For 13 years, I lived in Baton Rouge, La., where my husband and I paid approximately $4,000 a year in property taxes for our large, historic house. It was great. Except that the public schools, deprived of a healthy tax base, were, on the whole, decrepit failures. We paid for our own three kids to attend private school.
Now I live in Montclair, N.J., where the taxes are high – several times what our local and state taxes combined were in Louisiana – and everyone and their dog complains about them.
On the other hand, Montclair in particular, and New Jersey on the whole, enjoys one of the best public school systems in the country. And the thing about public schools is (duh): It's not just the children of the already-affluent who can go there, take Advanced Placement classes, learn how to speak Italian, or master a killer breast stroke; the children of the struggling can too.
Though I'm a Yankee, I desperately loved our life in Baton Rouge. I loved its friendliness, its eccentricities, its resilient spirit, and the way the whole state rallies every time there's a hurricane. What I didn't love was the attitude, most often expressed among the financially secure, of "our" versus "their" children.
"Why should I be paying for their kids?" people said. But before you assume that the state is filled with racists, "their" kids meant any kid from the wrong side of the tracks. Alas, Louisiana has no dearth of poor folk, or poverty-related woes.
One way or another such language points to the deeply held conviction, nursed not only in Louisiana but many other places, that there is actually such a thing as children who don't deserve our compassion.
The fact of the matter is that they're all ours. The Spanish-speaking child of an unwed teenage mother in South Central, Los Angeles, is just as much the future of America as the computer-genius son of two Ivy-educated lawyers in Scarsdale, N.Y.
Those who oppose merely "throwing money" at public schools have a valid point, too, of course: You'd have to be willfully blind not to know that kids coming from financially unsound but morally intact families tend to do OK even in dicey schools, while those whose home lives are chaotic don't have much of a shot even with reasonable educational opportunities.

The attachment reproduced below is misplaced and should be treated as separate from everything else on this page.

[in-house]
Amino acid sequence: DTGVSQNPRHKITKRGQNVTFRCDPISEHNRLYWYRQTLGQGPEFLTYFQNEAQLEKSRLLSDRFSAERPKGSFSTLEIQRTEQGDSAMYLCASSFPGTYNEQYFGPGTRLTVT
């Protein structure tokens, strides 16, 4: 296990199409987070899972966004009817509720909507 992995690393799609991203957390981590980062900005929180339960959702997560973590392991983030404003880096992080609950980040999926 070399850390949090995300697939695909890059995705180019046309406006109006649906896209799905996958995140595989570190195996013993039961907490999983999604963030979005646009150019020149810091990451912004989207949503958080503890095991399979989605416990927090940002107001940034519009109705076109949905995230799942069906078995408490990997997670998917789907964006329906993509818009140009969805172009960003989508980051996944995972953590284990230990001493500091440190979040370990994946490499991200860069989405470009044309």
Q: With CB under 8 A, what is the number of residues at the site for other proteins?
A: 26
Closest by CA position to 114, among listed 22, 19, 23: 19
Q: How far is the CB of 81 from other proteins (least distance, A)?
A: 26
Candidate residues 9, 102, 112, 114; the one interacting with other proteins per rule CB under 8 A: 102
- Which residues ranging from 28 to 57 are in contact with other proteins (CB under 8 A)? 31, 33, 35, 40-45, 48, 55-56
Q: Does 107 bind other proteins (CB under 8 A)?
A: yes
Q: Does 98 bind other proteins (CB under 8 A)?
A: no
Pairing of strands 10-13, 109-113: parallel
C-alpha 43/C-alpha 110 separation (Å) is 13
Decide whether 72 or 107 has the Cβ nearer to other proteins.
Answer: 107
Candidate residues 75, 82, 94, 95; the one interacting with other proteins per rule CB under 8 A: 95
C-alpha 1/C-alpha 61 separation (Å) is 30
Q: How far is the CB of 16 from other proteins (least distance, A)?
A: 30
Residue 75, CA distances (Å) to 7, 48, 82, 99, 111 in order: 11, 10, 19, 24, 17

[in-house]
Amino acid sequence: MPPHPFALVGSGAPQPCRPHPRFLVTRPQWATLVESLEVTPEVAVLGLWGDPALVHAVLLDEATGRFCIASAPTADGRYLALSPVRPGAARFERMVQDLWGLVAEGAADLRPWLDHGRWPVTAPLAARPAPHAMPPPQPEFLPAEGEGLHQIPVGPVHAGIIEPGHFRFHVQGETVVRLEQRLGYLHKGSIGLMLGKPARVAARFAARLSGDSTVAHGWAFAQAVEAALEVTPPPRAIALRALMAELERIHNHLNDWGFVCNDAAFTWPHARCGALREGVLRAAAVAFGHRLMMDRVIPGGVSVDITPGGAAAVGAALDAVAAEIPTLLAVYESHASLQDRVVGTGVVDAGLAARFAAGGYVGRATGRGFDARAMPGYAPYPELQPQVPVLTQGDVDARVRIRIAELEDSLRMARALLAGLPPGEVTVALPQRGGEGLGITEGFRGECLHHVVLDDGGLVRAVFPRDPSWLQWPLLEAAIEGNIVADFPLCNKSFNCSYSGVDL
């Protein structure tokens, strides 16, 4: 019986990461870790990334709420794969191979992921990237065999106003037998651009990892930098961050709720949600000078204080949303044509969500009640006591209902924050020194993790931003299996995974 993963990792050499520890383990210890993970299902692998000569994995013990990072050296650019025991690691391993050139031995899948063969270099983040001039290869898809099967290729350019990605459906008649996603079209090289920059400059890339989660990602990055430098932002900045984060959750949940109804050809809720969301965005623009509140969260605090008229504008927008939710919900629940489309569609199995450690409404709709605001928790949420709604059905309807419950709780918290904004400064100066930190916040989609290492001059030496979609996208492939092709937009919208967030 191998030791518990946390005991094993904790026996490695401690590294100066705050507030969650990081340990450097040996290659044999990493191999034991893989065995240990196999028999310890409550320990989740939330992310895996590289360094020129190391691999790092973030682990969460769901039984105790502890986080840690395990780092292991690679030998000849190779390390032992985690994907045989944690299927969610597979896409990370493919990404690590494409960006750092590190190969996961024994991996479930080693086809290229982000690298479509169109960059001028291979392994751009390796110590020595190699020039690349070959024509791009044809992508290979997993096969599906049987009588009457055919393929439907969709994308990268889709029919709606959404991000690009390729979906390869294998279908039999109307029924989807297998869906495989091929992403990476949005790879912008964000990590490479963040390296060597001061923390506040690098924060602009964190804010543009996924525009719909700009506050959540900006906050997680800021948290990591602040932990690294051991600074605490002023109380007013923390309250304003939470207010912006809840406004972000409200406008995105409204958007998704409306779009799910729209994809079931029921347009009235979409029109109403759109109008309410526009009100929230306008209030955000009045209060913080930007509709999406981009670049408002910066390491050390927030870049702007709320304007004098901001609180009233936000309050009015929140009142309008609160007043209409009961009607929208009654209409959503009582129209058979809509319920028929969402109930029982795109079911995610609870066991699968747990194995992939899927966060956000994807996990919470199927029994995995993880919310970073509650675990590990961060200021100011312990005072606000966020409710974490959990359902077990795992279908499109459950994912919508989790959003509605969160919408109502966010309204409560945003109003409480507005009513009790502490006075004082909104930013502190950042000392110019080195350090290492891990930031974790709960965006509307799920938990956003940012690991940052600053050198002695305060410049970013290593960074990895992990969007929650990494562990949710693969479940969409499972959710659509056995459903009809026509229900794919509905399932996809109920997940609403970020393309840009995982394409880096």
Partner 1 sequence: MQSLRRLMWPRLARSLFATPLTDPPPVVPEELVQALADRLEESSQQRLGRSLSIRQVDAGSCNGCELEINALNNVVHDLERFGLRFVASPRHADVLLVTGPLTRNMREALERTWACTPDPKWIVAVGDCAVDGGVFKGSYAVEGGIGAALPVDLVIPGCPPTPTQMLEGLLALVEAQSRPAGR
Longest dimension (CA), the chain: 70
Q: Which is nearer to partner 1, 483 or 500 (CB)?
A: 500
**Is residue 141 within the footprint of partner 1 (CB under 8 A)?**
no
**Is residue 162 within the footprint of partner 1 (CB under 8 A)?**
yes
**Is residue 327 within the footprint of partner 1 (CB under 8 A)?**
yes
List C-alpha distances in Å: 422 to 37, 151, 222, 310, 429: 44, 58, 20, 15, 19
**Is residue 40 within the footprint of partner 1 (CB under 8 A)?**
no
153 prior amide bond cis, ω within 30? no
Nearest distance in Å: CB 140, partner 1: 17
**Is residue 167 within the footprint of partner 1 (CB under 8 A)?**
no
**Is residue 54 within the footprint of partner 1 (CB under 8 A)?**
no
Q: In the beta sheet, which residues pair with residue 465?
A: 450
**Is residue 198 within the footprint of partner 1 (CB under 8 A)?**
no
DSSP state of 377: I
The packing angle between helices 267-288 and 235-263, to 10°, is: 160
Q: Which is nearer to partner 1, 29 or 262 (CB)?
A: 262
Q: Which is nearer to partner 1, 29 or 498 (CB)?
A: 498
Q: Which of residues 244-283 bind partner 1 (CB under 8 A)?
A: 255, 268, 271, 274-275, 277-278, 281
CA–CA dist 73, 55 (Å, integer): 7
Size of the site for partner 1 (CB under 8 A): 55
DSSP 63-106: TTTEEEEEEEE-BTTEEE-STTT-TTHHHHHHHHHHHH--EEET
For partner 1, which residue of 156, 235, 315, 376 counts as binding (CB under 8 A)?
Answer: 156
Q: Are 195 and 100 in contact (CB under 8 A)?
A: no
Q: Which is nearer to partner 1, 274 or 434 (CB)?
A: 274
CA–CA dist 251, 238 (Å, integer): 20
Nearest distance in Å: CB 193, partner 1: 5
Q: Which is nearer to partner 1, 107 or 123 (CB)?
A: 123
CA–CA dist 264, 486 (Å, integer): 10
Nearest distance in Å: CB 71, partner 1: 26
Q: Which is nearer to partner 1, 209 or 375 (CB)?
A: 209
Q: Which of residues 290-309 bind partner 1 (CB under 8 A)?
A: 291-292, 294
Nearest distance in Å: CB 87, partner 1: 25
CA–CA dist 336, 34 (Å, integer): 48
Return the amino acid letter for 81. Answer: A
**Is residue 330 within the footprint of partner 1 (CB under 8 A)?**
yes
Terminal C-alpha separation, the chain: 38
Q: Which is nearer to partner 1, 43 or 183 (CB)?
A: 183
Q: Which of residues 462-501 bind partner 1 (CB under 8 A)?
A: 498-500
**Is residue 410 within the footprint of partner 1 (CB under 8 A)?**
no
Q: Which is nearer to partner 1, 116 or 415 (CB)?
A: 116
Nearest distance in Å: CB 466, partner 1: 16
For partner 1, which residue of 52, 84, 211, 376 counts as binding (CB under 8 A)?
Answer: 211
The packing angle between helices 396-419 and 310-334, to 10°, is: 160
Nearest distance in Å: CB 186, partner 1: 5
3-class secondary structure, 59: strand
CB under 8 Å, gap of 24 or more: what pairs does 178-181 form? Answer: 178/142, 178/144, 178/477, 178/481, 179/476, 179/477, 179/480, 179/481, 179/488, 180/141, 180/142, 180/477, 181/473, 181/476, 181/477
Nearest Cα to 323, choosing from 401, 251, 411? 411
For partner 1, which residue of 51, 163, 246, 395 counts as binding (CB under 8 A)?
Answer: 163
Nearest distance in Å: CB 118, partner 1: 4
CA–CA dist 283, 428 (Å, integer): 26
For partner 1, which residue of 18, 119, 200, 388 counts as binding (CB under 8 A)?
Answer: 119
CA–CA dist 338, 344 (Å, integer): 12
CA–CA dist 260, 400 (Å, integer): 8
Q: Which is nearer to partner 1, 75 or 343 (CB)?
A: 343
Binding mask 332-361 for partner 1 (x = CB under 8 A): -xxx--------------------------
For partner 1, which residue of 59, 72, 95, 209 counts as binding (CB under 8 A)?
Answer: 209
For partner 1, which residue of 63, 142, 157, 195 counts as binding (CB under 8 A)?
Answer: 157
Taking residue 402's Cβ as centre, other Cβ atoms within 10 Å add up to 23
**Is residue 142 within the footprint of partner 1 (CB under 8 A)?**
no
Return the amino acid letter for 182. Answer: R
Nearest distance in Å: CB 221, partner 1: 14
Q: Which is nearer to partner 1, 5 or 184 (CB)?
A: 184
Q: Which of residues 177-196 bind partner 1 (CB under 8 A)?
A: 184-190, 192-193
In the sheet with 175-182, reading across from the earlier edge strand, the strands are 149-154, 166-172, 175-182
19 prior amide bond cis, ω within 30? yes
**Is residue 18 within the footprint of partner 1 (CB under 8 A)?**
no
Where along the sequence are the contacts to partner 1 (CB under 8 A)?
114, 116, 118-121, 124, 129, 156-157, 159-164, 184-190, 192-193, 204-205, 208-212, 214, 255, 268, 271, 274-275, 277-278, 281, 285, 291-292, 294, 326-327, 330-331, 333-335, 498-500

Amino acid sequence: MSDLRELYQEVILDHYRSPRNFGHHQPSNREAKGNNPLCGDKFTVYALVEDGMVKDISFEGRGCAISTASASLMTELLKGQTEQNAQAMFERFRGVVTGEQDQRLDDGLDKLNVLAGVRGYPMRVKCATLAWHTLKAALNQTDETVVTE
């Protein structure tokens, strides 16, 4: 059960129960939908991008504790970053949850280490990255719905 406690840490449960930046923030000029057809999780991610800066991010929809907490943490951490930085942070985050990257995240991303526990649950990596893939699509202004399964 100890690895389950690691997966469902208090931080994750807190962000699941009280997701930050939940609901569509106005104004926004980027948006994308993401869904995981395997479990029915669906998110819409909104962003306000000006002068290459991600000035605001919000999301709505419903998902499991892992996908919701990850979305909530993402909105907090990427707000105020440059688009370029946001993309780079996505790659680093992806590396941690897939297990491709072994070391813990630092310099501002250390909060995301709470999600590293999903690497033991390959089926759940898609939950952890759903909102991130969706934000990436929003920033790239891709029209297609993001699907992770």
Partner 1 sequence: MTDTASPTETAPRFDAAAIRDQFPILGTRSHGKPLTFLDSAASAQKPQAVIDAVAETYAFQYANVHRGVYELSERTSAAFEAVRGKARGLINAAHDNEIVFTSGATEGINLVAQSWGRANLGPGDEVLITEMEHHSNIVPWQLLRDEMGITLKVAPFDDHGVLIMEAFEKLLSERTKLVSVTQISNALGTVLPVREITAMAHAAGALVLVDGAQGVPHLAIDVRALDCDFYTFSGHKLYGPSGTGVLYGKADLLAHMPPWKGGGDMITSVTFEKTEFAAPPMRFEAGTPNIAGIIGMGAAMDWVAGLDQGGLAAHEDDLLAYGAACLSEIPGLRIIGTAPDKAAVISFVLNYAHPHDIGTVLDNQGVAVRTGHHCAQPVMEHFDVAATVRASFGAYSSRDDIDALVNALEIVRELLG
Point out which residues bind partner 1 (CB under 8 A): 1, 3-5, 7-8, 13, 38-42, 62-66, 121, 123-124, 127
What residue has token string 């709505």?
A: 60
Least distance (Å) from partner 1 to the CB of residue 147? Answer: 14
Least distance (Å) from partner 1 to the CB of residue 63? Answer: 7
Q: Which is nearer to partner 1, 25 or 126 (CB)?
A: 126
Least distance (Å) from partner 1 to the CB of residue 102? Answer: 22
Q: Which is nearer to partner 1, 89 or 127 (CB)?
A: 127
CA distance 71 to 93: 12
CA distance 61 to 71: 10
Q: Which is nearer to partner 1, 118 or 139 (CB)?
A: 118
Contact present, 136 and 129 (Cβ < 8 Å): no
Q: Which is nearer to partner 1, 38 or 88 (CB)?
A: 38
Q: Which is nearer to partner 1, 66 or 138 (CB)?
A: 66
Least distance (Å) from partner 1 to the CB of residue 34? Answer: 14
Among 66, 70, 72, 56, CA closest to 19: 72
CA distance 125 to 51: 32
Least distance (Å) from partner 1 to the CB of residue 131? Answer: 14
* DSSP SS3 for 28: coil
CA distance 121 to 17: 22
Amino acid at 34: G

The question is: Just because a kid's mom lies around the house all day drinking, his dad is MIA, his brother is in jail, and the child doesn't know the difference between a noun and a verb – is this a reason to abandon a child? And if not, what can America do to help you up and out?
One thing that I know doesn't work is starving neighborhood-based after-school programs, libraries, and parks – and yet that's what cash-strapped municipalities all over the country have done in the face of the antitax, anti-big-government movement.
You want more pregnant teens? Kill off community-based sex-ed programs. More violence? Close down the public swimming pool. More drugs in general? More unemployment? More despair? By all means, why should we have to pay for their children to go to job training?
But the poor neighborhoods in Baton Rouge – or for that matter, anywhere – are prime examples of why we do need to pony up and pay our fair share of the tax burden.
In an election year where the Republican candidate not only plans to preserve the Bush tax cuts for the ridiculously wealthy but also cut taxes further for corporations, and the Democratic candidate plans to raise taxes on both the super and the merely somewhat rich, while preserving tax cuts for the middle and working classes, these are hardly theoretical questions. With median household income sliding below what it was in 2000 – the year the Republicans swept back into the White House – and the median income of households of the 65-plus generation falling a whopping 3.4 percent, it kind of makes me queasy to hear people at the top of the heap groaning about paying high taxes.
As Grandpa always said, you get what you pay for. If you want a country divided between haves and have-nots and seething with class and race resentment, then slash taxes.
Who needs an education, anyway?
• Jennifer Moses is author of "Bagels and Grits: A Jew on the Bayou," and "Food and Whine: Confessions of a New Millennium Mom."